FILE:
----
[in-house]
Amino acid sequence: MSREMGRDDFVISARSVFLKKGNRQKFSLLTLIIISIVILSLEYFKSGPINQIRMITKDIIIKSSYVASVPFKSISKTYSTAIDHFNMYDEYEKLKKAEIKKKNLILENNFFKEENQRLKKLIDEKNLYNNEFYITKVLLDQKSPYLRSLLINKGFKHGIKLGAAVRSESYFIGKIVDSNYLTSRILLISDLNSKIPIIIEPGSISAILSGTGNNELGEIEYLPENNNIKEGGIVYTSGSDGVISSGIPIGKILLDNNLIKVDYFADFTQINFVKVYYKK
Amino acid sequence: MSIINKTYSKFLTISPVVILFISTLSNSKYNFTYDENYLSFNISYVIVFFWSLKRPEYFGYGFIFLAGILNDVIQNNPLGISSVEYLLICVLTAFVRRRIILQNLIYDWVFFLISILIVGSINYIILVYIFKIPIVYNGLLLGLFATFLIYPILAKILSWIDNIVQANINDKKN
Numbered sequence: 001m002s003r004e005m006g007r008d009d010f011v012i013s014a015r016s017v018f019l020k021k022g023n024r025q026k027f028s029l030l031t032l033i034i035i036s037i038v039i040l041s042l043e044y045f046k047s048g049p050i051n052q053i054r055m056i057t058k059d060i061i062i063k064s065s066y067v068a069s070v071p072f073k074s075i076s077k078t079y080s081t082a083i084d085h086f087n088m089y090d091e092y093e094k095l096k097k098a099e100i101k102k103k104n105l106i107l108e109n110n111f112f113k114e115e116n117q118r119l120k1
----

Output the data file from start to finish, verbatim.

[in-house]
Amino acid sequence: MSREMGRDDFVISARSVFLKKGNRQKFSLLTLIIISIVILSLEYFKSGPINQIRMITKDIIIKSSYVASVPFKSISKTYSTAIDHFNMYDEYEKLKKAEIKKKNLILENNFFKEENQRLKKLIDEKNLYNNEFYITKVLLDQKSPYLRSLLINKGFKHGIKLGAAVRSESYFIGKIVDSNYLTSRILLISDLNSKIPIIIEPGSISAILSGTGNNELGEIEYLPENNNIKEGGIVYTSGSDGVISSGIPIGKILLDNNLIKVDYFADFTQINFVKVYYKK
Amino acid sequence: MSIINKTYSKFLTISPVVILFISTLSNSKYNFTYDENYLSFNISYVIVFFWSLKRPEYFGYGFIFLAGILNDVIQNNPLGISSVEYLLICVLTAFVRRRIILQNLIYDWVFFLISILIVGSINYIILVYIFKIPIVYNGLLLGLFATFLIYPILAKILSWIDNIVQANINDKKN
Numbered sequence: 001m002s003r004e005m006g007r008d009d010f011v012i013s014a015r016s017v018f019l020k021k022g023n024r025q026k027f028s029l030l031t032l033i034i035i036s037i038v039i040l041s042l043e044y045f046k047s048g049p050i051n052q053i054r055m056i057t058k059d060i061i062i063k064s065s066y067v068a069s070v071p072f073k074s075i076s077k078t079y080s081t082a083i084d085h086f087n088m089y090d091e092y093e094k095l096k097k098a099e100i101k102k103k104n105l106i107l108e109n110n111f112f113k114e115e116n117q118r119l120k1